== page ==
Star Trek still alive and prospering in updated and stylish prequel
Star Trek is back, in more ways than one. Seven years after the dismal 10th movie, Star Trek: Nemesis—following the equally dismal ninth, Star Trek: Insurrection—the sci-fi franchise has gotten a kick-start that should propel it to new quadrants.
The architect of the re-launch is J.J. Abrams, the creative force behind Alias, Lost and Fringe and the director of Mission: Impossible III. Here, he’s director/producer, working with longtime collaborators (i.e. producing partner Damon Lindelof, writer/producers Roberto Orci and Alex Kurtzman), and the result is a film appealing to Trekkers and newbies alike.
It’s billed as a reboot, so even though it’s essentially a prequel, it has the license to take liberties. It takes but a few, however—on relatively minor points that only a stickler would notice. Surprisingly, Star Trek is true not only to the TV series (plural) but also the motion pictures (even Star Trek: The Motion Picture … but fortunately not too true to that dense opus). Differences can be rationalized within the confines of the story.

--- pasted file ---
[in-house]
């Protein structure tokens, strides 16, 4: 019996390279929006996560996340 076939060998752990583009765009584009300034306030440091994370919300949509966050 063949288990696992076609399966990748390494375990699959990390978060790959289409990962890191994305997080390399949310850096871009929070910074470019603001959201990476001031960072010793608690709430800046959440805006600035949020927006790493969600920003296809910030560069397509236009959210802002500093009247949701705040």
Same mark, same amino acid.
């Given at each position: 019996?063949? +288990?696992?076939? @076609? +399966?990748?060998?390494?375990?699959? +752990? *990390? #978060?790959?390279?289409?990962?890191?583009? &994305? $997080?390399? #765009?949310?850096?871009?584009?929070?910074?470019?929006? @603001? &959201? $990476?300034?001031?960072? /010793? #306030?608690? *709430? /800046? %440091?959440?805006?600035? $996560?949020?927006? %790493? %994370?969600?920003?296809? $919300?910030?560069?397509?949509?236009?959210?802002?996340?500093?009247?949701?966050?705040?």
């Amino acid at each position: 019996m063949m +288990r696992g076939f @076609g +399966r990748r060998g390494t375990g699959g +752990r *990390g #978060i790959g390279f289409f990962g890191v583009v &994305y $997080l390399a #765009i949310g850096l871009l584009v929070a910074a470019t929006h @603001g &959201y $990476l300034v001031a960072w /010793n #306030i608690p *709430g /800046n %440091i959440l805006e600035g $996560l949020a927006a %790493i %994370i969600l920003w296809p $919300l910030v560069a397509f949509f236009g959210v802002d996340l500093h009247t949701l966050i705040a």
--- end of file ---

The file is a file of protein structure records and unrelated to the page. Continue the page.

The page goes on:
Abrams’ movie opens with a climactic battle between an early Federation starship and a mammoth vessel captained by an angry alien named Nero (played by Eric Bana, almost unrecognizable from Hulk, Troy or Munich). After Nero kills his Starfleet counterpart, a young officer with a wife in labor takes command and buys time—with his life—for the crew and loved ones to escape.
That officer: George Kirk. His newborn son: James Tiberius Kirk. Aha!
Turns out the alien is a Romulan, an enemy well-established in Trek lore. He’s got an axe to grind with Mr. Spock, the venerable Vulcan, who isn’t even around at that particular star date. Aha!
This point—plus the fact that Spock is played by both the role’s originator, Leonard Nimoy, and Heroes’ Zachary Quinto—foreshadows the use of a been-there/done-that plot device: alternate timelines.
Discrepancies? Seemingly wiped away. (Fortunately, no one uses the phrase “space-time continuum,” or I’d have docked the film another star.)
While a true prequel devoid of such a gimmick would have been preferable, this movie works. It’s fast and fun, tense and humorous, new and nostalgic—often all at the same time. Chris Pine makes as great a young Capt. Kirk as Quinto makes a great young (relatively speaking) Mr. Spock, and Karl Urban is spot-on as Doctor McCoy. The rest of the crew—Sulu, Scotty, Uhura—get similarly smart reintroductions.
Is this the best Trek ever? No. But it’s pretty good, and after the flops that nearly proved the franchise’s undoing, it’s a welcome addition to the pantheon.